What do you get when you cross rosé, summer’s most inescapable beverage, with that bastion of summer refreshers, the slushie? Frozen rosé—or frosé. This opportunistic invention was, of course, inevitable. The question is, What took so long?
Frosé finds its spiritual home in New Orleans, a place where you’re never more than a few blocks from a frozen Daiquiri. It’s there that, to the veritable bounty of frozen drinks, Kelly Fields of Willa Jean has added her Frosé Y’all. The most simplistic of the frosé recipes we’ve found to date, Fields’ recipe consists of nothing more than rosé (Mas de Daumas Gassac, no less), ice and simple syrup, blended until smooth. “It got way too hot too quickly in New Orleans,” explains Fields. “We knew we needed something summery and delicious right away.”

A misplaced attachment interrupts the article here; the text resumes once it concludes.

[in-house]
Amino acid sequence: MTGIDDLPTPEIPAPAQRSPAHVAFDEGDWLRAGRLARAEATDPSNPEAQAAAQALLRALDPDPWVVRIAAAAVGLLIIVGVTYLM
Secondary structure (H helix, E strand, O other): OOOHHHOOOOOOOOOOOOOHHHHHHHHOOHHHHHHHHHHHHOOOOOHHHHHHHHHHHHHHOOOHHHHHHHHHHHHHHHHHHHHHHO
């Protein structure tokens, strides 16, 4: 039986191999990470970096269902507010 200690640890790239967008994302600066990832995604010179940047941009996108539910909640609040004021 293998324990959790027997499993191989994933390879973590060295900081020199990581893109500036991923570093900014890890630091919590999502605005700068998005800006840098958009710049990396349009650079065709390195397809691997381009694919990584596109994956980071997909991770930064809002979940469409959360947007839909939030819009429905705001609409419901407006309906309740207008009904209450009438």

Down in Atlanta, The Luminary takes a slightly more baroque approach. Foregoing the blender, the restaurant starts with a Aperol-based mix that is frozen ahead to make a granita, which is then piled into a coupe and topped with a floater of pink wine. “We wanted something a little more visually striking,” says owner Jeremy Iles of the Meghan Royale, which is named for one of the restaurant’s close friends named, yes, Meghan.
Up north at Brooklyn’s Extra Fancy, the bar’s Frozémonade began as rosé sour. When the drink simply tasted like a mix of rosé and lemonade, Krueger decided to “take frozen rosé lemonade and smush it all together,” he says. “We were just goofing around with it and were like ‘What about frosémonade?'” (They eventually changed the “s” to a “z” because “it’s much funnier if you spell it with a ‘z’,” he says.) The bar offers it topped with Campari, Pisco, mezcal—or any spirit your heart desires, really.
“People, once they [personalize] it, they want their friends to try it and they’re like, ‘Gotta do it that way’,” says Kreuger. “And they’re always back for another round.”